Intersecting Lines, 1923 by Wassily Kandinsky

Intersecting Lines, 1923

(Schnittlinien, 1923)

Wassily Kandinsky

Expressionism
abstract · abstraction · diagonals · study · german expressionism · german expressionist
Intersecting Lines, 1923 by Wassily Kandinsky
1923   ·  oil on canvas  ·  Picture ID: 557692   ·  Kunstsammlung Nordrhein-Westfalen, Dusseldorf, Germany / bridgemanimages.com
   Add to favorites


07.08.2018
Jana D.
Art Print on Photo paper matte/satin, 50cm x 35cm.


09.07.2020
Josef O.
Art print on Canvas Satin, 69cm x 48cm, with 3cm additional border (White) stretched on stretcher.


26.08.2020
simone t.
Art print on Canvas Satin, 200cm x 140cm, stretched on stretcher. With painting frame .


28.10.2020
Joost V.
Art print on Canvas Matte, 125cm x 87cm, stretched on stretcher.


28.10.2020
.
Art Print on Aluminum composite, 86cm x 60cm, with 3cm additional border (10% gray).


11.11.2020
Pedro C.
Art print on Hand painted oil painting, 69cm x 48cm, stretched on stretcher. With painting frame .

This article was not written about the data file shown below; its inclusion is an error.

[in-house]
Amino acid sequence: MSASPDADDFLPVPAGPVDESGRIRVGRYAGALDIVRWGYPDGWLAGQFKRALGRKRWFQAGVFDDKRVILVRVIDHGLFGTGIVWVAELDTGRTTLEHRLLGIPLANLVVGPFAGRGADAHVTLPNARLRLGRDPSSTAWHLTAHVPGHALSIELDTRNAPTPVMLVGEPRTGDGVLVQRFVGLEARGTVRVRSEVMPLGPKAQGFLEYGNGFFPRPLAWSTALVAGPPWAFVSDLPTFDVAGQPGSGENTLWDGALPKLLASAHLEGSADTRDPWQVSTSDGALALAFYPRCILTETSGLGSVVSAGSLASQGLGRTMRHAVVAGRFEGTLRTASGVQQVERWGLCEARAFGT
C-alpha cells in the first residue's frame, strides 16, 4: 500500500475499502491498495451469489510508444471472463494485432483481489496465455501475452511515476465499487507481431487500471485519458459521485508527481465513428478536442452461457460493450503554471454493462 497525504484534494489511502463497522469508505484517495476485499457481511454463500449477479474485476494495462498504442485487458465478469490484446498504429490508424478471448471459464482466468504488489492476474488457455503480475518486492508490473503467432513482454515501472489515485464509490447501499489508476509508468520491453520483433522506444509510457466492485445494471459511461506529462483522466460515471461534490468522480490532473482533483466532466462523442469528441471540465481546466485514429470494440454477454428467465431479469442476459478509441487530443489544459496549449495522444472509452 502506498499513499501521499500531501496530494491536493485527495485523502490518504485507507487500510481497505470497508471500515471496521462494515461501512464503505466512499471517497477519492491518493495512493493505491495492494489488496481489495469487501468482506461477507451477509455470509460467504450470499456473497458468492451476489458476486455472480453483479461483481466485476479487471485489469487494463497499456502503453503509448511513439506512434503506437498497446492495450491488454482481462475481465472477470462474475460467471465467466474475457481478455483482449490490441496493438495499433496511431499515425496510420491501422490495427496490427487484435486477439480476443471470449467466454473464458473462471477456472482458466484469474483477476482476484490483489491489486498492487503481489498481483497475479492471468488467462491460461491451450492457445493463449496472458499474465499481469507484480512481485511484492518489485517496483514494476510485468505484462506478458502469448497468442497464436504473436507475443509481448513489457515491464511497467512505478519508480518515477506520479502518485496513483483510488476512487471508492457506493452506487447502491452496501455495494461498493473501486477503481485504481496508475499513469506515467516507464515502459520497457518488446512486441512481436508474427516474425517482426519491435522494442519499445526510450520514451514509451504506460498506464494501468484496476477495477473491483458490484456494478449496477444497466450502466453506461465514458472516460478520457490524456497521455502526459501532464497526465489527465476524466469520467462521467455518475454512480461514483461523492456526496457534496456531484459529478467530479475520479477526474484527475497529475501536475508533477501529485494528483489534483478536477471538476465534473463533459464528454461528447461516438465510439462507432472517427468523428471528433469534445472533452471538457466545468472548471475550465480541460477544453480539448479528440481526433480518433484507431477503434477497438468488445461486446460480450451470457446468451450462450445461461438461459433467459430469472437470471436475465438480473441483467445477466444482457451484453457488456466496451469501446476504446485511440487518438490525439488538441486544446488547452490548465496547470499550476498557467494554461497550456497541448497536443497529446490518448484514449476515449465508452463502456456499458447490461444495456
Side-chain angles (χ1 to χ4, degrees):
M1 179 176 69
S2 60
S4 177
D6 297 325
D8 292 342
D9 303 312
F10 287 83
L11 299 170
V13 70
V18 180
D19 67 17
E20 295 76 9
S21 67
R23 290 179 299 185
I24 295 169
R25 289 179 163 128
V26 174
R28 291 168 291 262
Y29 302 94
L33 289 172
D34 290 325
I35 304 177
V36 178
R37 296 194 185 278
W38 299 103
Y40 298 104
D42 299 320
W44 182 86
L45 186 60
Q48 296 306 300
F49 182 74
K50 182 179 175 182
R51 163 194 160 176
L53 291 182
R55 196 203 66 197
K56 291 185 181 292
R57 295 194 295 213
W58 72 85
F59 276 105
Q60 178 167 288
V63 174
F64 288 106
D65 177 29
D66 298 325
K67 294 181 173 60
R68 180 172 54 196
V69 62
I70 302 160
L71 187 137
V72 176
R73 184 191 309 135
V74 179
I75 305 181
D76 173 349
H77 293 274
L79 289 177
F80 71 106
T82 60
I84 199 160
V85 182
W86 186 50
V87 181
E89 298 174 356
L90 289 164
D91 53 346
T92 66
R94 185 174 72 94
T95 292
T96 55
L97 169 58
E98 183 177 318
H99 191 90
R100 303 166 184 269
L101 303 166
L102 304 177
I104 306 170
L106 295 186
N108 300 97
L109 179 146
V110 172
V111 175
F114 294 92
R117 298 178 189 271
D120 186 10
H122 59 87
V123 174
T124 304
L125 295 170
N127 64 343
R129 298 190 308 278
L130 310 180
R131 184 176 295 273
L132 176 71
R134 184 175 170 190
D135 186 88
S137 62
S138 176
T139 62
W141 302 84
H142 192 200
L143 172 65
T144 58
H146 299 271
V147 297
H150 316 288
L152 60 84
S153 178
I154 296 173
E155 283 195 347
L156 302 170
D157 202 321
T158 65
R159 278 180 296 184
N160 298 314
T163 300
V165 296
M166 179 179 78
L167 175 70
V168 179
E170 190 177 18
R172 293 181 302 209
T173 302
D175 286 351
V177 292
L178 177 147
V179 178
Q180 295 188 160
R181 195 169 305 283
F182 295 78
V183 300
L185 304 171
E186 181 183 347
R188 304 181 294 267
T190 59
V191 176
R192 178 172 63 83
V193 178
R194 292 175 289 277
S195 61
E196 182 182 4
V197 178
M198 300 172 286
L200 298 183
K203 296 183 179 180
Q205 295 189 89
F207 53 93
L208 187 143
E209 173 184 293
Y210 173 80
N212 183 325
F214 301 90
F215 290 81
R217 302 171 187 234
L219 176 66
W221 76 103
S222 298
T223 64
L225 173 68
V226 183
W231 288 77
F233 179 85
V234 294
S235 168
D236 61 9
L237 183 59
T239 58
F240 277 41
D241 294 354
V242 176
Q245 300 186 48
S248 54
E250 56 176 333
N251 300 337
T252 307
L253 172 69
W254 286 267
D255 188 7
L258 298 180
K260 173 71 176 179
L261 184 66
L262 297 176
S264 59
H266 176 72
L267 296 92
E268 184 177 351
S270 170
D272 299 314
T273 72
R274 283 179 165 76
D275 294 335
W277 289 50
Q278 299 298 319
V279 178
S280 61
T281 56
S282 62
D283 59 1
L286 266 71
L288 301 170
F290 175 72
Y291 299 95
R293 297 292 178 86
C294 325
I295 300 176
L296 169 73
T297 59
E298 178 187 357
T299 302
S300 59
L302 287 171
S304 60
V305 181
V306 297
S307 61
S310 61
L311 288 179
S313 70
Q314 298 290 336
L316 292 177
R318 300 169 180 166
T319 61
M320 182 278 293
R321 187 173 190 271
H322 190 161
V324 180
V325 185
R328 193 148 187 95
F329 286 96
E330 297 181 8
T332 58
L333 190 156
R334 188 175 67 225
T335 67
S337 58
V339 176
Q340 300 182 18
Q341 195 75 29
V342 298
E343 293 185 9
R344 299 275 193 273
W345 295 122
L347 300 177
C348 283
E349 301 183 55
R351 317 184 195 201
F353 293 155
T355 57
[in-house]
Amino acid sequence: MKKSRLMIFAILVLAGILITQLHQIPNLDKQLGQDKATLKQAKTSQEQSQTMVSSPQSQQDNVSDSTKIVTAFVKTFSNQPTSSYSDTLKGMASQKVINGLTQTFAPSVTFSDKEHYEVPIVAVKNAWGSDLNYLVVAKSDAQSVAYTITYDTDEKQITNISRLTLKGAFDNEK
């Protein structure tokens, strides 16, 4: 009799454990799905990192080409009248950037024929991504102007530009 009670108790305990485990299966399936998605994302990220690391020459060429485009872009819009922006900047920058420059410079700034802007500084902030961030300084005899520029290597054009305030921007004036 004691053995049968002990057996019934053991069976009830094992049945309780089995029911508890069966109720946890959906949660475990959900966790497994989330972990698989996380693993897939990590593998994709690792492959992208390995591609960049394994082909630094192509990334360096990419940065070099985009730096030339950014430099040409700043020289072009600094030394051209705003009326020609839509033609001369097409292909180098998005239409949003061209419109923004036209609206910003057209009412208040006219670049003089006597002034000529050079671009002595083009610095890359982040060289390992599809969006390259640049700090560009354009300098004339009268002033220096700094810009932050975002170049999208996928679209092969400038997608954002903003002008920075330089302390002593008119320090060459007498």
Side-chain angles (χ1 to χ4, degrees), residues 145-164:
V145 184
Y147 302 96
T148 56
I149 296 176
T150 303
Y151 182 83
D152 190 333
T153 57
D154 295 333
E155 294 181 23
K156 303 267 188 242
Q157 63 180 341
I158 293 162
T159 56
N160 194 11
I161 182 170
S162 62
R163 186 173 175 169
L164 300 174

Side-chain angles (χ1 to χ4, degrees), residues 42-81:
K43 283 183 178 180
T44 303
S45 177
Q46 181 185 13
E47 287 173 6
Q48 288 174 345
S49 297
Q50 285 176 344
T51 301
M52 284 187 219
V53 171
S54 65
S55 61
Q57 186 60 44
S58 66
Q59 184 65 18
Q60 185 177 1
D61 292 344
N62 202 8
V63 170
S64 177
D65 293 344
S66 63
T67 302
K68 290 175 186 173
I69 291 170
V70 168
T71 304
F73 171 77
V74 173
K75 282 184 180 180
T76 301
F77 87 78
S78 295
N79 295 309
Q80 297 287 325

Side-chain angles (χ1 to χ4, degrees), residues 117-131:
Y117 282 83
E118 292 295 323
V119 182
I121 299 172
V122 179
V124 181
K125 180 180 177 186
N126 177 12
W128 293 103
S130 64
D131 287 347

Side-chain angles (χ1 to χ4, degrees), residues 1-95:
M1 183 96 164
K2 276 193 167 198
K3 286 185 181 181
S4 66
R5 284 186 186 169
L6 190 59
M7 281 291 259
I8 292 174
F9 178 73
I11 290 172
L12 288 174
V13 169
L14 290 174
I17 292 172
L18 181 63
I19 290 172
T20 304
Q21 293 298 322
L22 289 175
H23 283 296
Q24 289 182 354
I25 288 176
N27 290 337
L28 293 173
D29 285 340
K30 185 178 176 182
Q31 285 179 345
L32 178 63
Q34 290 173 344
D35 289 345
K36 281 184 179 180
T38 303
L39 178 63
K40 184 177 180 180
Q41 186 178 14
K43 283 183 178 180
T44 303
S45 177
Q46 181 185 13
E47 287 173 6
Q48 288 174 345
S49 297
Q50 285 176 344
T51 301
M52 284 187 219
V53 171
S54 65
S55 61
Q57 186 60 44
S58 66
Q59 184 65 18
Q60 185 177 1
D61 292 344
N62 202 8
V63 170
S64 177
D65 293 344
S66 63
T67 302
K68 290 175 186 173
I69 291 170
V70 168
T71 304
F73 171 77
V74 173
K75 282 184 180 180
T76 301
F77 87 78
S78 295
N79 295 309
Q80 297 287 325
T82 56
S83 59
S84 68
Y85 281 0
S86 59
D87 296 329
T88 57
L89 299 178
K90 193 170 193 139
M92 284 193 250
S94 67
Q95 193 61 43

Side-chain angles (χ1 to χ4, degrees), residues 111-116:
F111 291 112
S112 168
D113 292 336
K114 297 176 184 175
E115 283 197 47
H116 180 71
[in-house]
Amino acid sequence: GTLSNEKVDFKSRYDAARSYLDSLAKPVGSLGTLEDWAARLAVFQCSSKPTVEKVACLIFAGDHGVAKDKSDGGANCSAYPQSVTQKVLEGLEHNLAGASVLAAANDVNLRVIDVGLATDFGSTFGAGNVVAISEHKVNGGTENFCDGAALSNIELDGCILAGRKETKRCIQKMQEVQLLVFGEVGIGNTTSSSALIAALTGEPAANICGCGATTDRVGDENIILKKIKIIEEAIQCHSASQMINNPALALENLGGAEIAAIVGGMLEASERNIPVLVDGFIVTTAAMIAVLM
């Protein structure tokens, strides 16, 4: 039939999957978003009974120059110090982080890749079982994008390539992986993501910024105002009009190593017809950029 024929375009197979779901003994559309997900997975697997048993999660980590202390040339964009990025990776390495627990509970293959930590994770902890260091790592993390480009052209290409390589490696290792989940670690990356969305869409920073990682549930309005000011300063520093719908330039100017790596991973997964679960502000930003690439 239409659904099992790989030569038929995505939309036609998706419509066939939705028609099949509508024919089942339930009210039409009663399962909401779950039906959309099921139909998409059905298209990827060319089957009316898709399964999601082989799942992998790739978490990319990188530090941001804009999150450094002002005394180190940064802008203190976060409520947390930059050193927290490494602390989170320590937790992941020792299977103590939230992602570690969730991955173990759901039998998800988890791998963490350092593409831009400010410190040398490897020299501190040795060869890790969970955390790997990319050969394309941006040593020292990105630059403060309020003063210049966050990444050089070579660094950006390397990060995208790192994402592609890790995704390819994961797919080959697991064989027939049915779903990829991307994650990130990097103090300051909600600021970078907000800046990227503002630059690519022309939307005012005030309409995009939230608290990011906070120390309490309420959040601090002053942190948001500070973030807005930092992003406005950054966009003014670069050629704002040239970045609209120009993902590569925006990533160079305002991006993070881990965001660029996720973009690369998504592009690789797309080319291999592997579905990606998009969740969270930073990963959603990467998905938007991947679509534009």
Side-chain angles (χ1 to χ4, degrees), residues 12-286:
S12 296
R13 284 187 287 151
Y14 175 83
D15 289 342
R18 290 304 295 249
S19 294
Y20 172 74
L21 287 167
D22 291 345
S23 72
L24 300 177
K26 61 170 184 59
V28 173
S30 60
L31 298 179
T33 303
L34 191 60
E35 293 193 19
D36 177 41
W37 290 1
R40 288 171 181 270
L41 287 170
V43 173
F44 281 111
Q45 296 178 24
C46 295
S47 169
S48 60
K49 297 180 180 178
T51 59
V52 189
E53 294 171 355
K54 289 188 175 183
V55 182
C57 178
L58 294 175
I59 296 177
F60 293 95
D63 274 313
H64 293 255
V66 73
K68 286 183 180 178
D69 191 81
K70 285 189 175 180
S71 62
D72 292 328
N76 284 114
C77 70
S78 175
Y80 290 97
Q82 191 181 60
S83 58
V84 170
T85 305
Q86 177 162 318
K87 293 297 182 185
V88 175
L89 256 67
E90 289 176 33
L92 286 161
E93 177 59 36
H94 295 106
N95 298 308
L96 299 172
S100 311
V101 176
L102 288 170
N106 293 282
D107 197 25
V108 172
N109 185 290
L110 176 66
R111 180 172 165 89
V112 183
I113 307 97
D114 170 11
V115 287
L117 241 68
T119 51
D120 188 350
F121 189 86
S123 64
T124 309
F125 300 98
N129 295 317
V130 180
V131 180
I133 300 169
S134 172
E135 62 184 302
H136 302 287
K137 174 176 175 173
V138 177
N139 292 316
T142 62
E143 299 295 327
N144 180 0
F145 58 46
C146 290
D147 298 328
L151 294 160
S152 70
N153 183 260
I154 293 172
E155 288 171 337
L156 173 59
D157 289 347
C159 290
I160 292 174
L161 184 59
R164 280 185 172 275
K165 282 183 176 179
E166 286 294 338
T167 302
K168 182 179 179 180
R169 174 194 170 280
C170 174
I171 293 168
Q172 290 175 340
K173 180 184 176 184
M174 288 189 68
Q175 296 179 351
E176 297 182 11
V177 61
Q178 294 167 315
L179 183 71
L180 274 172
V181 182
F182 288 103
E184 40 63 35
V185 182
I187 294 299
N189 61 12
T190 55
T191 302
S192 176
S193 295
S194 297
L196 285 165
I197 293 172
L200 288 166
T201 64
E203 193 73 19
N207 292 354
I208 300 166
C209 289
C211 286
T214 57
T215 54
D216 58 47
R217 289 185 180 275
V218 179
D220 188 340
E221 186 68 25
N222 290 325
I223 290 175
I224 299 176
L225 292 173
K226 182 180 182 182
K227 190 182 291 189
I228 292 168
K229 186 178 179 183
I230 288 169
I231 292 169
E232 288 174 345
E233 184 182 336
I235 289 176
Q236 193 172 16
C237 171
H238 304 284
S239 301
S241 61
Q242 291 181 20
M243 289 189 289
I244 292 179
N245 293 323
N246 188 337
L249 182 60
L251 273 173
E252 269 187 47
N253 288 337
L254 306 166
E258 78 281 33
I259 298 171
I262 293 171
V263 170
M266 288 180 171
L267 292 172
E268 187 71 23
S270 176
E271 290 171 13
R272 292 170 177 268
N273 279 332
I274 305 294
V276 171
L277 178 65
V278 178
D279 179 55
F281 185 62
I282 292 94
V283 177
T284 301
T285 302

Wassily Kandinsky (1866-1944) was marked by an energetic and contradictory era in the transition from the 19th to the 20th century. He is considered one of the representatives of the "Silver Age" of Russian art, an era that brought an unprecedented heyday to the visual and performing arts as well as to literature and music. The interests of the artist included music (he played the violin himself), the study of mysticism and occultism as well as a taste for Russian folk art. He also dealt with the doctrine of the harmony of colors. It is exactly these manifold impulses and feelings that flow into his work and culminate in 1911 in the painting "The Last Judgment / Composition V". Today, this is regarded as the first abstract image of modern art history.

In this sense, the "cutting lines" of 1923 must also be considered. The artist consistently renounces natural models. By not even trying to depict familiar phenomena, he avoids all contradictions and comparisons. He goes further in this project than about the French Cubists of his time. A painter like Fernand Léger built his paintings out of crystalline or cubist forms, giving them an extraordinarily plastic appearance. There is nothing in the "cut lines" of this. Both geometry and stereometry reject Kandinsky as a means to an end. However, as the artist breaks with familiar ways of seeing and image, he gives us the key to - if you will - understand the work. Because this way we are encouraged to see colors and shapes as if they were something completely new. A free fantasy like the "cut lines" requires openness and curiosity in the eye of the beholder.